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A health ministry panel on Monday backed Moderna Inc.’s COVID-19 vaccine for emergency use in around 4 million children age 12 to 17, paving the way for final approval by the ministry in the coming days.

The panel recommended lowering the current age restriction of 18 and older without conducting an additional clinical trial in the country. Pfizer Inc.’s vaccine has already been authorized for emergency use in children 12 and older since June 1.

Moderna last month asked regulators in Japan, the U.S. and other nations to lower the minimum age for the vaccine from 18 to 12 after Moderna’s late stage clinical trial involving 3,732 adolescents showed in May that the jab was 100% effective starting 14 days after the second dose and “well tolerated” with no significant safety concerns identified.

The European Union drug regulator is also expected to recommend that the shot be used in children as young as 12 this week, but the U.S. Food and Drug Administration has not lowered the age limit from 18 yet.

The approval would mark a step forward in Japan’s fight against the coronavirus, as this would give adolescents two options for vaccination, said Dr. Hiroyuki Moriuchi, professor of pediatrics at Nagasaki University.

“By making it possible to use both the vaccines made by Pfizer and Moderna, it will become easier to vaccinate children with existing chronic diseases, which is a good thing,” he said.

But Moriuchi said healthy children should not rush to get the vaccine just yet. Aside from high-risk children who are more likely to have severe coronavirus symptoms, healthy children should be the very last in the order of the vaccination campaign, he explained, as it makes more sense to prioritize vaccinating older age groups given the vast number of infections in children were transmitted from adults.

He added that British data has shown that only two children have died of COVID-19 out of 1 million cases, and that no children have died yet in Japan, where the number of infections is much lower than that of the U.K.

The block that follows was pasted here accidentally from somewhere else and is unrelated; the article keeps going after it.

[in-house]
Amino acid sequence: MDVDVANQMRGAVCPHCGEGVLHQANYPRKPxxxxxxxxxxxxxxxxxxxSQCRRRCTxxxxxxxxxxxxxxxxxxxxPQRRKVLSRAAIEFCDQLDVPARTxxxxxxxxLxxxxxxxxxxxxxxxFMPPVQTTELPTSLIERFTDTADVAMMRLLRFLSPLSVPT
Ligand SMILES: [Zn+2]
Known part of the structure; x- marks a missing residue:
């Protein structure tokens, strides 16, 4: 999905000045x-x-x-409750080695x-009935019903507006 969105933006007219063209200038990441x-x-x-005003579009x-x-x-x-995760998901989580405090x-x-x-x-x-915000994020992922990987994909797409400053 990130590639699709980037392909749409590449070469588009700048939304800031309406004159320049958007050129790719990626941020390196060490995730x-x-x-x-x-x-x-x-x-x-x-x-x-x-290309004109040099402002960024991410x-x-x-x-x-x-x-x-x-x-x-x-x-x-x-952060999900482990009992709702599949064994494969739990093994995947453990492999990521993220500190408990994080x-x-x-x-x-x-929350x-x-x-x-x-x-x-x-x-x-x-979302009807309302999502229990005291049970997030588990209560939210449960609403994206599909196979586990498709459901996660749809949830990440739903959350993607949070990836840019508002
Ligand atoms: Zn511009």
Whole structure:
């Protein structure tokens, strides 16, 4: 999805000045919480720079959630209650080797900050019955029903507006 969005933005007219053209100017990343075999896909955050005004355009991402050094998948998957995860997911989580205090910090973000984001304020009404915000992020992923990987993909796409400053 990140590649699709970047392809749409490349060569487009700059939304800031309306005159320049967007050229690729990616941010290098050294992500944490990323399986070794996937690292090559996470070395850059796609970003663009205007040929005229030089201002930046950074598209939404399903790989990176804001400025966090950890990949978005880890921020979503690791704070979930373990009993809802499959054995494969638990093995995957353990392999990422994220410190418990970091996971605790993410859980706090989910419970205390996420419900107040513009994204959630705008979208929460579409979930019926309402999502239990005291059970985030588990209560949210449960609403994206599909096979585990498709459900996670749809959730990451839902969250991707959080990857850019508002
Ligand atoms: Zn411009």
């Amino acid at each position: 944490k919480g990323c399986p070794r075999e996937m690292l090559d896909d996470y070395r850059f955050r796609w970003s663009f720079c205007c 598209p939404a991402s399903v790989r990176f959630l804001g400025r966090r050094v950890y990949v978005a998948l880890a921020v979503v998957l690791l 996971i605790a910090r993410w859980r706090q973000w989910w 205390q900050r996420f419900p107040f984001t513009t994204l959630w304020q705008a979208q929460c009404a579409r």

A health worker prepares to administer a dose of the Pfizer-BioNTech COVID-19 vaccine to a minor in Santiago in June. | AFP-JIJI
A health worker prepares to administer a dose of the Pfizer-BioNTech COVID-19 vaccine to a minor in Santiago in June. | AFP-JIJI

The Japan Pediatric Society has said that vaccinating healthy children is an important step but added that it should be approached carefully. The education and health ministries have sent a notice to municipalities saying that the government does not recommend mass vaccinations at schools, due to a difficulty in adequately explaining the vaccines to parents and a tendency for children to face peer pressure over getting a shot. It’s important that each child and parent understand the risks and benefits, experts say.

The health ministry says that minors age 16 and older can receive the vaccine without parental consent, but that children age 15 and younger are required to have a parental signature to get a shot.

Pfizer’s vaccine was also found to be 100% effective in a final clinical trial of more than 2,200 adolescents. While Pfizer’s vaccine in general is said to cause slightly more cases of severe allergic reactions called anaphylaxis, people who get the Moderna shot tend to report more cases of minor side effects such as muscle pain, fever, fatigue or red, itchy rashlike reactions known as “Moderna arm,” Moriuchi said.

Currently, Pfizer and Moderna are looking to expand the use of their vaccines even further to babies and younger children under age 12. Both firms have administered their vaccines to thousands of volunteers as part of a global trial for children ages 6 months to 11 years old, and are reportedly planning to request the authorization for use in children ages 5 to 11 this year.

The health ministry on Monday also gave emergency-use authorization to a monoclonal antibody-based treatment developed by U.S. firm Regeneron Pharmaceuticals Inc. This is the fourth drug approved in Japan for treating COVID-19 and the first for the treatment of mild to moderate COVID-19 cases.

Chugai Pharmaceutical Co., which had applied for the authorization late last month, said this marks the world's first approval for Ronapreve, which in a global final stage clinical trial showed its ability to suppress symptoms and shorten the recovery time based on a single dose.

The health ministry said that a clinical trial involving COVID-19 patients with a high risk of developing serious symptoms, such as those with obesity or high blood pressure, showed that the drug reduced the risk of hospitalization or death by 70.4%.

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